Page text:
Walton then proceeds to give a traditional interpretation to the word (yqr as that which refers to the space in between the barrier holding up the waters and the waters below. His argument is essentially that the waters are separated from the waters by it. Hence, it cannot be solid. Besides, he argues, despite indications from other contexts and its verbal cognate, there is a different word (Myqx#) that describes the solid structure that holds up the waters. If it describes that, then, according to Walton, (yqr must describe something else. He also argues that this is so because the sun and moon move “in the (yqr.”
The importance, for Walton, then, is that these understandings are rendered obsolete by modern cosmology, and hence, they beg for a functional interpretation that is in accord with their purpose: to create a space for humans to live and to “create a mechanism by which precipitation was controlled” (160).
Walton then notes that God created the basis for fecundity on Day 3, preparing the cosmos for vegetation and whatnot by causing dry land to appear.
He notes that the means to create by separating and naming is a functional way of creating. Naming calls something into existence, i.e., assigns its role and function in the world.
He then concludes that the first three days are seen as “functional in orientation, treating the three functions most significant for human life, not only in the ancient world but in every culture of every time and place, even to the present day . . .” (165).
Walton distinguishes Days 4–6 from Days 1–3 by saying that the latter refer to the establishing of functions and the former as installing functionaries into their correct places. This is where he brings in the previous discussions concerning the MEs and destinies in Mesopotamian literature. Days 1–3 are God initiating order into the cosmos and Days 4–6 are God determining the destinies of the functionaries within the cosmos (i.e., placing in and assigning roles).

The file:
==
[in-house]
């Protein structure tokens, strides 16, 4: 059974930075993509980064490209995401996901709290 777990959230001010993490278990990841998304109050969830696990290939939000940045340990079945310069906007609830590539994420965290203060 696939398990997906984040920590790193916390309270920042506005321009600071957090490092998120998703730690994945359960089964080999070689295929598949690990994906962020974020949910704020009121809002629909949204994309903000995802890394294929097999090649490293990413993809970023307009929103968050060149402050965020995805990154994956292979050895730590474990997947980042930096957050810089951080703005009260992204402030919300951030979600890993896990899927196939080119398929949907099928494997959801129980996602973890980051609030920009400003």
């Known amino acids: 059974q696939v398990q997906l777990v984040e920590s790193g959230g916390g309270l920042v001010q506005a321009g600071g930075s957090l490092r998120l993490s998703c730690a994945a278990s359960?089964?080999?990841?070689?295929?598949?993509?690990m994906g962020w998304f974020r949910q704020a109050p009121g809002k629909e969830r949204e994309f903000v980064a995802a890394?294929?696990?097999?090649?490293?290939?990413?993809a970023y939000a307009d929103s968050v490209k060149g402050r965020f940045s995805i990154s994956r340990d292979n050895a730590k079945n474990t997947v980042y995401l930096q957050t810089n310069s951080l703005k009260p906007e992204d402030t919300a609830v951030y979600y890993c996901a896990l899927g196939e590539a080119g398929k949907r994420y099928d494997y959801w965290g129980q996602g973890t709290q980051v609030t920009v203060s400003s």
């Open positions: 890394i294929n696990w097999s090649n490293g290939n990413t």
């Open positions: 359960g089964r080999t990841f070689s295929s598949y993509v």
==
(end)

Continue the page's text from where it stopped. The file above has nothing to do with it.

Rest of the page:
Walton then draws a distinctive between Genesis 1 and the ancient Near Eastern accounts as God is outside of the cosmos and institutes the MEs as opposed to the ANE ideas that the MEs exist above the gods as they exist within the cosmos. He notes the parallel that YHWH is seen as the source of the law in Israel, but Shamash is merely the guardian of the law in Mesopotamian thought.
Again, Walton points out that the roles destined to men and women that they are to carry out. The text is role oriented. But despite having commonality with its ancient Near Eastern cognitive environment, it answers the questions differently than the other texts do (perhaps, another “language” and “message” distinction is implicit here in Walton’s argument). Here, the concept of the divine image is marshaled from both Egyptian and Mesopotamian concepts that applied the image of deity to humans in general (Egyptian) and to the king specifically (Mesopotamian). Genesis 1 does both of these as it assigns humanity’s role to it in an archetypal fashion. The blessing of humanity is in contrast to the Mesopotamian concern of overpopulation found in Atra-hasis. “In Genesis, population growth is encouraged as a means by which the other aspects of the blessing (subduing and ruling) are carried out” (177).